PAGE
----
Microsoft makes a loss for the first time in recorded history

Software giant Microsoft had to face the humiliation of recording its first ever quarterly loss in its corporate history.

Since the company went public in 1986, Microsoft has never lost money and it is seen as a blue chip investment.

However the company had to report a net loss of $492 million as its operating income was wiped out by a $6.2 billion writedown of the advertising company aQuantive.

Microsoft CEO Steve “sounds of silence” Ballmer bought aQuantive in 2007 as a method to get advertising dollars from this Internet thingee. It did not really fit with the company and lost a fortune. Microsoft wrote down almost the entire $6.3 billion purchase price.

Generally Microsoft’s online services division is dragging the company down. In the last year it lost nearly $2 billion even without the $6.2 billion writedown.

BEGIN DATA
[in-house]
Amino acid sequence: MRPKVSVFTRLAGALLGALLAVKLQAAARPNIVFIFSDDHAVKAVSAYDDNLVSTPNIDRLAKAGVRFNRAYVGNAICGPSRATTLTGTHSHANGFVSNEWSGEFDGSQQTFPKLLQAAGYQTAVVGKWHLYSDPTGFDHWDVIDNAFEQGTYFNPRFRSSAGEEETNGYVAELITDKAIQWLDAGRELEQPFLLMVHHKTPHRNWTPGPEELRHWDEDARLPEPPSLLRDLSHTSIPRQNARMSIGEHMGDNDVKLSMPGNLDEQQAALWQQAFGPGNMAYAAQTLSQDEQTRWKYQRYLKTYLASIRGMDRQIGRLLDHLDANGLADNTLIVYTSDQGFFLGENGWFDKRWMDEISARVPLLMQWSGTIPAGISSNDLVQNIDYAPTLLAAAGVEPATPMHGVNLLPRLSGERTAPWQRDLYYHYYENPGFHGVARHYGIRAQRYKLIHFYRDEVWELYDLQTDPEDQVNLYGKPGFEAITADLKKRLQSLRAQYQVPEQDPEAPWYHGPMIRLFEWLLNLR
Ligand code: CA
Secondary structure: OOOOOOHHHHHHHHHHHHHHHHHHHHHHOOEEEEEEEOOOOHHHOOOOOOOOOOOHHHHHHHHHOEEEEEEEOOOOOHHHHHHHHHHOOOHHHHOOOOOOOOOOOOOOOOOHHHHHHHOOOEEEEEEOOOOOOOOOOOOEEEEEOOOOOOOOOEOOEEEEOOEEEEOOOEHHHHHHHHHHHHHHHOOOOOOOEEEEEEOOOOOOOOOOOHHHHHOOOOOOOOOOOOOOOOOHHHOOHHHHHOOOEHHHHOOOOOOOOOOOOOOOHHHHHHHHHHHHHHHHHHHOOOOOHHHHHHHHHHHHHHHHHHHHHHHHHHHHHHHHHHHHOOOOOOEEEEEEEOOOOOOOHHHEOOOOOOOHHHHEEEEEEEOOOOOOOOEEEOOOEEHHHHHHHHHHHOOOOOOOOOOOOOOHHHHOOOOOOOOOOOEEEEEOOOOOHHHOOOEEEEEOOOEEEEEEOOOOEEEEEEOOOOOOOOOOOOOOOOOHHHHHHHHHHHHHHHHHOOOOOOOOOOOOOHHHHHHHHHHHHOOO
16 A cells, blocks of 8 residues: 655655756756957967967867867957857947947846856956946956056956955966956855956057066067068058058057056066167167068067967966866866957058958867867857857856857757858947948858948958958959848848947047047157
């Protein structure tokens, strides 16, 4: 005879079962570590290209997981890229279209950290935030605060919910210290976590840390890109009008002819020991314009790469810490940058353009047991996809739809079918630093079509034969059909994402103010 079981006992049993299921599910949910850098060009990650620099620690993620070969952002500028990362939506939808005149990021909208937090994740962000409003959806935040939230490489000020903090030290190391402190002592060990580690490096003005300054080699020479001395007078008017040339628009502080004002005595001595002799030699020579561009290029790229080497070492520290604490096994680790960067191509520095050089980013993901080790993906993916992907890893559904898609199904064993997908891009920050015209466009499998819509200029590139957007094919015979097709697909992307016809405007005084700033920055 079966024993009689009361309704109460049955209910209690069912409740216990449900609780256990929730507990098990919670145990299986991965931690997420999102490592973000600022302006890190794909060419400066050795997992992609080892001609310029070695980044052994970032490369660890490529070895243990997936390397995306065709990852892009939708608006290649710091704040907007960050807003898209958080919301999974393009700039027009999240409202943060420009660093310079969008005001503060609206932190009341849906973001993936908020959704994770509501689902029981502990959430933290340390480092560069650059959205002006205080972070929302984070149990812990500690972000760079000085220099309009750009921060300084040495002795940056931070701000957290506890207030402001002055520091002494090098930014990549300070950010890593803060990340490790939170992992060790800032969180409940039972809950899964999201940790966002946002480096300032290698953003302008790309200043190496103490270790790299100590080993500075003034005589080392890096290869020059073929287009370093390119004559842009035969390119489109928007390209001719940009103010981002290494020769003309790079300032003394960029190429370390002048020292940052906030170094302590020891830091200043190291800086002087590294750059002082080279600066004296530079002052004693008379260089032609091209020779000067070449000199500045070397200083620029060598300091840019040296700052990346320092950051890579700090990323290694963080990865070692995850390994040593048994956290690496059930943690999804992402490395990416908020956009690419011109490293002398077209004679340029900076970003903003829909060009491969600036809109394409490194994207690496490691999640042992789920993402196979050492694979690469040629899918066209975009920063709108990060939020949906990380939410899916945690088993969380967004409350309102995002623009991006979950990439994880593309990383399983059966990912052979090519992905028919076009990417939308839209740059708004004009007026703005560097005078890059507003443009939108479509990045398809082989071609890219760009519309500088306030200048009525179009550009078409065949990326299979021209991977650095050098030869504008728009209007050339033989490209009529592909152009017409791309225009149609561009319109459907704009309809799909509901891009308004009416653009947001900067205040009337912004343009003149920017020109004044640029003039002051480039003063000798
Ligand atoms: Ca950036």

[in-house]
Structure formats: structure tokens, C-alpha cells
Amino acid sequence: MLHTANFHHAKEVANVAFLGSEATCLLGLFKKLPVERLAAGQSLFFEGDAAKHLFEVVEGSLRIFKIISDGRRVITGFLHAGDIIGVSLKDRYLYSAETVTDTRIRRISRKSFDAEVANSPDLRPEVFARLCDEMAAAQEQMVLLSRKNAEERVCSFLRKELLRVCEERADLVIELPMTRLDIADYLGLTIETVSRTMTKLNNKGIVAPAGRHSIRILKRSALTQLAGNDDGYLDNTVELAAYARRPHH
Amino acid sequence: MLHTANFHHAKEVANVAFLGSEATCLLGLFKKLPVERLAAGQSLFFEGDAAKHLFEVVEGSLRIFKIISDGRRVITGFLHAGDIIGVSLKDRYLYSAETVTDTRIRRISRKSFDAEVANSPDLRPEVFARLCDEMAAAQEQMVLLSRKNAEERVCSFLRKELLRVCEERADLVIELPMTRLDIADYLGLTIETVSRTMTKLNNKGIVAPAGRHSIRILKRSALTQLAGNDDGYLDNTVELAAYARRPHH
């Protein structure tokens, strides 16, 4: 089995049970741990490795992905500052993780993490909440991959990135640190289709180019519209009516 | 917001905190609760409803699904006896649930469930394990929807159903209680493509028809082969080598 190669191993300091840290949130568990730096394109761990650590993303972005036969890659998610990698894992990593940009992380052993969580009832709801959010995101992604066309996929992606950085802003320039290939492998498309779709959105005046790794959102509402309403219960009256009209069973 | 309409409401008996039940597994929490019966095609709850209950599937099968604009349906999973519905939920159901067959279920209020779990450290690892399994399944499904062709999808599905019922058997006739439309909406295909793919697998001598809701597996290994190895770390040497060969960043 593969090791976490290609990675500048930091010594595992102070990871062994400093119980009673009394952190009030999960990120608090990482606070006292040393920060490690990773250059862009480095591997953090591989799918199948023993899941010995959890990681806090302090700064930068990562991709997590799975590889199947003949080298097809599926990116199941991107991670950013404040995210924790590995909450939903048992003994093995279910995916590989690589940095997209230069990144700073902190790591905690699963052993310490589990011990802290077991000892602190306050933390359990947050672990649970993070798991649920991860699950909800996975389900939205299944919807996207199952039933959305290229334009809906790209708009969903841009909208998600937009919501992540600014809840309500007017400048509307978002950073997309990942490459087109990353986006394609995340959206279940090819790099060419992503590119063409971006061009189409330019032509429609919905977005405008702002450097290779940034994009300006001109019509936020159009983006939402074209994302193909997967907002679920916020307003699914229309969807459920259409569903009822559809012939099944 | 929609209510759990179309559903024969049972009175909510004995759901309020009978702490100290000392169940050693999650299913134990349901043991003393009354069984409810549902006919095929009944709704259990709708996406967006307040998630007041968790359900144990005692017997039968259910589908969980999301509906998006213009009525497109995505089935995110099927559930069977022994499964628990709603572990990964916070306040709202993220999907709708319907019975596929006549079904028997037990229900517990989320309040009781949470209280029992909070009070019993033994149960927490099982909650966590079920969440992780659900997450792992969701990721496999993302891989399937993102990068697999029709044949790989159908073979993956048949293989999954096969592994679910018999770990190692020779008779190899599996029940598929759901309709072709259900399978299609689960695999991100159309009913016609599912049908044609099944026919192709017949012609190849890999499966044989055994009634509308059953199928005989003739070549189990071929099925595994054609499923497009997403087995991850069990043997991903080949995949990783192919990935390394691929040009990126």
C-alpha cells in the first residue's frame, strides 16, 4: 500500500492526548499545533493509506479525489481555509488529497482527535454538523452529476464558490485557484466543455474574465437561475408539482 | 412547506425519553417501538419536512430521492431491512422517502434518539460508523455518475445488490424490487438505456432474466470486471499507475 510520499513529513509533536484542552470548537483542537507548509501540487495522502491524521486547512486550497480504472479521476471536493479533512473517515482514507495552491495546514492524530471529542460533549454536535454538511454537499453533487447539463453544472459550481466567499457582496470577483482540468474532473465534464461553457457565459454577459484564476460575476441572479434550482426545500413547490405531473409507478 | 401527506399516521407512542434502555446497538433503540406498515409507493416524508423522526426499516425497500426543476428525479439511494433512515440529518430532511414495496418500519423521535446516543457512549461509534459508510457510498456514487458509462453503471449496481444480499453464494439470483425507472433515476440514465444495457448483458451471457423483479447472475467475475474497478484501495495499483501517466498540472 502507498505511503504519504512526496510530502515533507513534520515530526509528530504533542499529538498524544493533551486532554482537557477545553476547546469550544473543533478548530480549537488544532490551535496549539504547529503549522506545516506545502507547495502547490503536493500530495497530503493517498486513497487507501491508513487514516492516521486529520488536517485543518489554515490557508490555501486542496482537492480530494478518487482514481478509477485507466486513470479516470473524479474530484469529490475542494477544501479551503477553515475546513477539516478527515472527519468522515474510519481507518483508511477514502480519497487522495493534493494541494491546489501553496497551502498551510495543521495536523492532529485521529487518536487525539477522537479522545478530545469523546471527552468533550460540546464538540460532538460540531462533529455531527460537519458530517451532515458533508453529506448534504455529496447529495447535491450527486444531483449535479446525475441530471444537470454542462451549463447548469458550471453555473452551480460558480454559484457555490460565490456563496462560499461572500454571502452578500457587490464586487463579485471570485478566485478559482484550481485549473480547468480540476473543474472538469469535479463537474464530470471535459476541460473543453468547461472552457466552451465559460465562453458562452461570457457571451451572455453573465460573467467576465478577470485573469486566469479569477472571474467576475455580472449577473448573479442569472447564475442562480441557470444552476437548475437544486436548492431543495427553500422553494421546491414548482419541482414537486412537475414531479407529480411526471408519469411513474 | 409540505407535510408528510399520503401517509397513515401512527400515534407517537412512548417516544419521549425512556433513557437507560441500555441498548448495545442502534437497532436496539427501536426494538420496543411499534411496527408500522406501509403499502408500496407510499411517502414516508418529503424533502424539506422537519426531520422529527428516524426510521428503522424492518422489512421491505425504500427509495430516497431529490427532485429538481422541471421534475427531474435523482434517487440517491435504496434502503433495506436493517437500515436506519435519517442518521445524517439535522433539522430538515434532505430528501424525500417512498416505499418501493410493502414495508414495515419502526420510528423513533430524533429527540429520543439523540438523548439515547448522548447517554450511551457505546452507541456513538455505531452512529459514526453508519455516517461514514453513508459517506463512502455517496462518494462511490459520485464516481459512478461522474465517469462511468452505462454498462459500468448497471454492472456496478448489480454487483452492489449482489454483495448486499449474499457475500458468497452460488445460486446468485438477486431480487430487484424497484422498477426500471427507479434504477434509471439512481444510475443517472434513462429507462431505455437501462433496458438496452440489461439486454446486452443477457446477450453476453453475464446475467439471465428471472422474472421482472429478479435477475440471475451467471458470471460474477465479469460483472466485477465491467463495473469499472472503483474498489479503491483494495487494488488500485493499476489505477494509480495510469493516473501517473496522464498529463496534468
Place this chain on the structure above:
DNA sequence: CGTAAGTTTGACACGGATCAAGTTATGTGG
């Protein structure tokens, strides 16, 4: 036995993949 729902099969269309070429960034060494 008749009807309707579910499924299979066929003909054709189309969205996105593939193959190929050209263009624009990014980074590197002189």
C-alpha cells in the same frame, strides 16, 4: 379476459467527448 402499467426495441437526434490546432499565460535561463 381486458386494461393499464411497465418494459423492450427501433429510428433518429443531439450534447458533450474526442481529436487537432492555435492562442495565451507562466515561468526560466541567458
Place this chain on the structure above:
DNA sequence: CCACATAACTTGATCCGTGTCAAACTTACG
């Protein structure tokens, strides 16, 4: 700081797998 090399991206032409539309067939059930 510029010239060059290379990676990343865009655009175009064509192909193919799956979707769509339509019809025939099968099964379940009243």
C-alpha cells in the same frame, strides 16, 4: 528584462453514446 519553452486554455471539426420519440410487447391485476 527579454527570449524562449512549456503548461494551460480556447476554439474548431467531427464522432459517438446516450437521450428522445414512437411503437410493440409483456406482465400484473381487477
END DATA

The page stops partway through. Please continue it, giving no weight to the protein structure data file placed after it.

Vole is having to spend a fortune on  search engine Bing, but that’s not making much impact.

Analysts are saying that Microsoft just can’t compete on the advertising-driven web and should probably walk away and think about something else.

To be fair to Microsoft, it did a lot better than many analysts expected. Ballmer was able to point out that the company made record revenues of $73.7 billion for the fiscal year just ended and $18 billion for the latest quarter. All this was up four to five percent from year earlier levels which is not bad considering that Microsoft is about to release its new Windows 8 and Office products.

Most of the money was made by Microsoft’s server tools, business products and entertainment and devices, which includes Xbox and Skype.

In fact the figures were so good that a cynic would suggest that Ballmer decided to wait until a good quarter before writing off aQuantive in the hope that it would not look as bad.

It seems to have worked Microsoft shares rose 2.5 percent in post-market trading after closing at $30.67 on Nasdaq.